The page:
Margie Frost, director of a transitional shelter for homeless East Valley men and former Mesa Woman of the Year, died Saturday morning. She was 63.
Frost entered the Mayo Clinic Hospital last week, diagnosed with liver failure, according to a statement released by Joanie Flatt, a family spokeswoman.
Because Frost had only 5 percent of her liver remaining, the Mayo staff induced a coma until she could receive a liver transplant.
The exact time and cause of her death were unavailable.
“She was on the list to receive a liver transplant within 48 hours,” said Carol McCormack, president of Mesa United Way and a longtime friend. “I got a call asking if I heard about Margie, and I thought she already had the transplant. She had died.”
Frost was a 35-year veteran of East Valley community agencies such as United Way and served as director of the East Valley Men’s Center, a facility helping homeless men re-enter society. Frost is credited with the center’s founding in 1998, when she served on the Task Force on Homelessness.
“Margie has been the mom of Mesa,” said City Councilman Mike Whalen, who knew Frost well. “She has taken part in every major issue that faced the city by pouring out her heart and soul. It’s a great loss.”
The center opened its doors Dec. 17, 1998. Under Frost’s leadership, it has become a facility that now houses up to 84 men. The center uses a “tough love” approach in helping male residents overcome homelessness.
Frost was often described as a “mother figure,” cooking for residents at times and always making sure they kept to their plans for developing self-sufficiency, which included sobriety, employment and saving money.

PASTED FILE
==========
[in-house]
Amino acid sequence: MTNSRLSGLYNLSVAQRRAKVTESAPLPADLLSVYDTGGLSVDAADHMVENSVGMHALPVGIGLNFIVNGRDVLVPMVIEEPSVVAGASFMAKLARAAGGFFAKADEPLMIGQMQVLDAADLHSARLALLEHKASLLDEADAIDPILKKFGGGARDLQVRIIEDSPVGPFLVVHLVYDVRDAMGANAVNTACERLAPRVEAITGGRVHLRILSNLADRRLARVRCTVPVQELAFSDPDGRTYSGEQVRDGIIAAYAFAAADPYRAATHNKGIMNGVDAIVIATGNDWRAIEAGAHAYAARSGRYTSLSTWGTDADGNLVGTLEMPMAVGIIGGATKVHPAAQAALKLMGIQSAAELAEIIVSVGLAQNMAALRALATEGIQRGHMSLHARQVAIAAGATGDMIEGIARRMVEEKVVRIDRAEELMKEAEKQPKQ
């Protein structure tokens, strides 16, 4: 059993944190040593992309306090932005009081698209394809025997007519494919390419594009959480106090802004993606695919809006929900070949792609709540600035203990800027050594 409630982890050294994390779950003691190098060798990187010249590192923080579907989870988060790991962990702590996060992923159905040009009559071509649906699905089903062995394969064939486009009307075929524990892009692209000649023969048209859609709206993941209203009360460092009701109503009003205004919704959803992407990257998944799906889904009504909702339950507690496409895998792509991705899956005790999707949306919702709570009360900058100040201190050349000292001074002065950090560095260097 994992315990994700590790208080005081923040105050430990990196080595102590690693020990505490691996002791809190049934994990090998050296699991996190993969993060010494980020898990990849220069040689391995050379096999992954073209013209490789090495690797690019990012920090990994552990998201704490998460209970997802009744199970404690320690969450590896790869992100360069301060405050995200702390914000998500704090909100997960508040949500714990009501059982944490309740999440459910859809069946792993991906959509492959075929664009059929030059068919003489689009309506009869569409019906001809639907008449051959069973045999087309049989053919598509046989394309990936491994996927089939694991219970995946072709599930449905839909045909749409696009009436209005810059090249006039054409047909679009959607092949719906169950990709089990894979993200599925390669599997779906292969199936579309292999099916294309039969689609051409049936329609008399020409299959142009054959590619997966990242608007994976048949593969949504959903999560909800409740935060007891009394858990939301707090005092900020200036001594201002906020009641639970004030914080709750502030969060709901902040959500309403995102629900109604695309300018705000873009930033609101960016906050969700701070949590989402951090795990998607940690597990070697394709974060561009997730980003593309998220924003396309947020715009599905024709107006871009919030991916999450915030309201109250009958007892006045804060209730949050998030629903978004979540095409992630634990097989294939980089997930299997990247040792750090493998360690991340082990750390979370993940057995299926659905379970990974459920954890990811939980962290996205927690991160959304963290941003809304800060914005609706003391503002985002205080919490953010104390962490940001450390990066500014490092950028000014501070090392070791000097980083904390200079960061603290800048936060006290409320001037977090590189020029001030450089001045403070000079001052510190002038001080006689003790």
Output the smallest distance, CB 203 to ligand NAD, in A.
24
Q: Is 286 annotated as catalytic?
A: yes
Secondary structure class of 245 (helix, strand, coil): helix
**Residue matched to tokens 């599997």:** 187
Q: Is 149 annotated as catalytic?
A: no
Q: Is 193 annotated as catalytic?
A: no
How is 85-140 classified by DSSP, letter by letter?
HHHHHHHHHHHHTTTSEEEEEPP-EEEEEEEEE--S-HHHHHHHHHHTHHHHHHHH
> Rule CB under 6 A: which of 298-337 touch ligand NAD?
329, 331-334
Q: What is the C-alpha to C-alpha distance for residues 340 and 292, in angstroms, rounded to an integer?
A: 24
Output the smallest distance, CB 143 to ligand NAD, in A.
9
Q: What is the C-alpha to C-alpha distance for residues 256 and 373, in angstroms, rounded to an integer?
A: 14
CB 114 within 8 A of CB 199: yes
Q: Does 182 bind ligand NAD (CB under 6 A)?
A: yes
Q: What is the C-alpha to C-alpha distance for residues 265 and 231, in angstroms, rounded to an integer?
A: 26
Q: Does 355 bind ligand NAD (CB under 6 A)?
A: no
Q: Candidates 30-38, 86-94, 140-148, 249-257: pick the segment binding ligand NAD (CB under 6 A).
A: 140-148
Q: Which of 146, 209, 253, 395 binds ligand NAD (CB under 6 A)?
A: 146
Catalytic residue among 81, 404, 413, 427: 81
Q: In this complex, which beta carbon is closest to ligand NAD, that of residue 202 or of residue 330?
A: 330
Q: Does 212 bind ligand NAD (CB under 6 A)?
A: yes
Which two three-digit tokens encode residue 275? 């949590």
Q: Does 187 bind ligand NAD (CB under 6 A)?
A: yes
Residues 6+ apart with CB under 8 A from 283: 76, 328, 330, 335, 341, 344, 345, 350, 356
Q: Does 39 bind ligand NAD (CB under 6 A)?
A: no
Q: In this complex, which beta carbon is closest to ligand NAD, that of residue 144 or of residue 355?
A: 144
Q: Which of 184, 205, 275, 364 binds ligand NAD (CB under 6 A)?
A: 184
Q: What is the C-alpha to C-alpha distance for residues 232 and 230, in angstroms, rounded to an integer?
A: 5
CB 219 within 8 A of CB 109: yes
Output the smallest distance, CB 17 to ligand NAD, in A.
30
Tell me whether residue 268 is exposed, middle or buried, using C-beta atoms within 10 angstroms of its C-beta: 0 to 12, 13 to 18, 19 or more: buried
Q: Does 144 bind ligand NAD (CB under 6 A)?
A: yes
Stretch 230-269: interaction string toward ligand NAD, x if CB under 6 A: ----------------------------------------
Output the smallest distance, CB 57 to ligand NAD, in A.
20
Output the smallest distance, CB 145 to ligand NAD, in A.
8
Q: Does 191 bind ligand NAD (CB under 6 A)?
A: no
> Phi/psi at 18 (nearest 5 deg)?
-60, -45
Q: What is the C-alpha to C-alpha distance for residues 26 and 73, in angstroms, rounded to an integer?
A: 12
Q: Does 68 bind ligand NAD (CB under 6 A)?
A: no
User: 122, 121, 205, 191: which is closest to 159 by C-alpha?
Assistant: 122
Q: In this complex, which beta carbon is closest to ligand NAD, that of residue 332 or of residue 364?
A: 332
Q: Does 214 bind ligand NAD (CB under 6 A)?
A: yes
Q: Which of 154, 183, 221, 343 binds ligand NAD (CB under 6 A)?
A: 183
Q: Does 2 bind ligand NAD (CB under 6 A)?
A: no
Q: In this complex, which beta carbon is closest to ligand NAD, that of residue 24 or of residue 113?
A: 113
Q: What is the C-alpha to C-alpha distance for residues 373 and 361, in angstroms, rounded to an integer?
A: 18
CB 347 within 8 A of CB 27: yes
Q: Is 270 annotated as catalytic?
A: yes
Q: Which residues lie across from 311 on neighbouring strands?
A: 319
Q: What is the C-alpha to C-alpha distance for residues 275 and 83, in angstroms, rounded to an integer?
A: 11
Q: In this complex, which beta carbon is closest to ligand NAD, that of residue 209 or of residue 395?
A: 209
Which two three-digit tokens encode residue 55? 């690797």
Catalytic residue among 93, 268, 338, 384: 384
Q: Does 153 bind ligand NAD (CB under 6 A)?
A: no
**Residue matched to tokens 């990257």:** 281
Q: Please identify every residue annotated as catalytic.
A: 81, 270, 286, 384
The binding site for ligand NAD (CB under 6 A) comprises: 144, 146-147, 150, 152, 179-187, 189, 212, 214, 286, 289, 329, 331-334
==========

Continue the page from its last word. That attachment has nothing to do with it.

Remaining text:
“Every one of those men down there is her child,” Whalen said.
Frost’s plan involved a contract between Mesa taxpayers and the city’s homeless — center residents would stick to their plans for rehabilitation and Mesa citizens would continue to provide resources to facilitate their efforts.
Last December, Frost wrote an open letter to East Valley residents which appeared in the Tribune, asking them to donate meals and supplies.
“Margie was a one-of-a-kind person,” McCormack said. “She was a tireless advocate for people so easily overlooked and not thought of, and she didn’t hesitate to bring it to your attention.”
McCormack said a trademark phrase of Frost’s was “God didn’t make any trash.”
Councilman Kyle Jones knew Frost through her many endeavors to improve the city. Recently, Frost addressed Jones and other city officials at a community forum on the proposed sales and property tax referendums. He said that the combined intensity and softer, motherly side he witnessed in her will be greatly missed.
“We’ve lost one of those unique people you can’t ever really replace,” he said. “She was one that you could always expect to get a hug from. You always knew where she stood.
“There will never be another one like her.”
Frost was noted for her tirelessness in serving the community. In the wake of Hurricane Katrina, she traveled to the small town of Gautier, Miss., to deliver financial assistance, and school and medical supplies.
“She was as gracious and caring as you can imagine,” Jones said. “She didn’t command respect; she earned it.”
Whalen, deeply saddened by Frost’s death, said he remembered her as both a gentle person and, at times, possessing a fierce determination.
“It’s been a very reflective day for me, remembering what a good person she was,” he said. “She was feisty. You made sure you had all your facts together before you confronted Margie with anything.”